With Uber joining the driverless car race, will autonomous vehicles be the end of public transport?

Tim Worstall and Lucy Pope
NETHERLANDS-TECHNOLOGY-MERCEDES
Uber has confirmed that it's testing a driverless car (Source: Getty)

Tim Worstall, senior fellow of the Adam Smith Institute, says Yes.

Whether it’s Uber that perfects the autonomous vehicle is yet to be revealed: but they will be perfected and they will destroy the entire public transport system. Given the sheer number of people that a commuter train system can move, that section of the system will last longer than others. But urban and rural bus systems (where any of the latter still exist) will simply be wiped out. Why would anyone pay several pounds to share a vehicle with 40 others when something faster, for it will not be stopping to load and unload people, and more private can be had for about the same price? High speed rail is also a dead technology: why worry about 30 minutes off the time to Birmingham if you can travel in a wifi equipped solitary vehicle? As the current incarnation of Uber shows, we just love point-to-point on demand transport if it’s cheap enough. Kill off the cost of the driver with an AI and autonomous vehicles will be price comparable with the bus. It’s a complete no brainer: public transport systems will be eviscerated by the driverless car.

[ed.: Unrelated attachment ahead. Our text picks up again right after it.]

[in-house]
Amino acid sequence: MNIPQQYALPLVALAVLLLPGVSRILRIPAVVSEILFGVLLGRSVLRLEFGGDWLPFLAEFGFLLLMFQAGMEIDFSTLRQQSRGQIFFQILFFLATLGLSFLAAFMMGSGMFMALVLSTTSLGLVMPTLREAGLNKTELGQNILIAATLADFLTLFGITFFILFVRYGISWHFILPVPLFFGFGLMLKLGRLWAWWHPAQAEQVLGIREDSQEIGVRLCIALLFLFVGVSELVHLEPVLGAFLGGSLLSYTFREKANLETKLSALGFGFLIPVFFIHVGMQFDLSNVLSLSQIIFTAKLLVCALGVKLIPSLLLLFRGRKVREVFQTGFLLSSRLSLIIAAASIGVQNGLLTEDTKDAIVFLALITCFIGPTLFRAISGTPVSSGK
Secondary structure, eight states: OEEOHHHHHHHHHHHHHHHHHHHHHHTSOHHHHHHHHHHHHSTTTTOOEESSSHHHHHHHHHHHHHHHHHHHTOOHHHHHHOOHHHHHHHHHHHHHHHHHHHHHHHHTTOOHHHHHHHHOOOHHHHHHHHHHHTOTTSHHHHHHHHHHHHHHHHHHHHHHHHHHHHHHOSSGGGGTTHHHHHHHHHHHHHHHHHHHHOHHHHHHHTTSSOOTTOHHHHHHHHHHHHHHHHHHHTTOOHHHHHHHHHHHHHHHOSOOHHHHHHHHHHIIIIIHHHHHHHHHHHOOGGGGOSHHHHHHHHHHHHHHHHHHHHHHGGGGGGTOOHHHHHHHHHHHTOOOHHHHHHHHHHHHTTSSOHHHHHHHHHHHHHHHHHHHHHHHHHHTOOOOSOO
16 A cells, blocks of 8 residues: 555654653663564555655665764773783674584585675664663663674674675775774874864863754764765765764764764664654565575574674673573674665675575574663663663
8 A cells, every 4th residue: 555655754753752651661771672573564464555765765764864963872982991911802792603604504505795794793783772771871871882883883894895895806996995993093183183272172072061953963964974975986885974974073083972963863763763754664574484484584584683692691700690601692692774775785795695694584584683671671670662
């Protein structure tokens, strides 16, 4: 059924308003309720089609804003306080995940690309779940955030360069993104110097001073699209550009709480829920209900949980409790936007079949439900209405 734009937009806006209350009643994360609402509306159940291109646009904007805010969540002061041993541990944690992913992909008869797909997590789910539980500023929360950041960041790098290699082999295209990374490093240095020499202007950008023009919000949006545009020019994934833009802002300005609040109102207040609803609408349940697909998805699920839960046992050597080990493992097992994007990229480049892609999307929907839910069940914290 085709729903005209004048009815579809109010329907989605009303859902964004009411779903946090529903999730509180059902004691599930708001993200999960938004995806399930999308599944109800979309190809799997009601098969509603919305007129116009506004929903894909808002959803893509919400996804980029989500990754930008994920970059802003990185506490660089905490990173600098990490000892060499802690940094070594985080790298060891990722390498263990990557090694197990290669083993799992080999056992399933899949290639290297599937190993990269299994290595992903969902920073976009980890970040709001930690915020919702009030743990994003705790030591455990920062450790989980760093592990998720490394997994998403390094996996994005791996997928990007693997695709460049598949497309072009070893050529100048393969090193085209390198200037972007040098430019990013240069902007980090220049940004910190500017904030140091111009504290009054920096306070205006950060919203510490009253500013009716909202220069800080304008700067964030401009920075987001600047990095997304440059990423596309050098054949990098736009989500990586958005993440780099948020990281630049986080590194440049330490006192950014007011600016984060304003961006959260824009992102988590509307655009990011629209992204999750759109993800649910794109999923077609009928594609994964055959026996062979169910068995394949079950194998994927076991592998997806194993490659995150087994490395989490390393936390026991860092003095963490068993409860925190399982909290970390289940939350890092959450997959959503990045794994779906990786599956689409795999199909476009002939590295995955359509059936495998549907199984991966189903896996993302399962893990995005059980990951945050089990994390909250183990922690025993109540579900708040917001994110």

Lucy Pope, a spokesperson at RIAS, says No.

While driverless cars may well have an impact on public transport, suggestions of its demise are likely to be exaggerated. What is more likely is a future of integrated and intelligent mobility where a number of different types of driverless vehicles, and providers, would share our road space. These may well include individual “pods” carrying one or two people and providing a first mile/last mile solution through to people-carrier/minibus-sized vehicles effectively offering public transport, on demand. These will be able to interchange with the existing mass transport network. If we look at individuals who have their own automated vehicles, particularly those outside major conurbations, we may find, especially for longer journeys, this form of transport could be used to take them to one of the transport hubs, and they’ll then switch to mass public transport – an updated form of park and ride. However, it is unlikely that autonomous vehicles will replace public transport entirely.

City A.M.'s opinion pages are a place for thought-provoking views and debate. These views are not necessarily shared by City A.M.

Related articles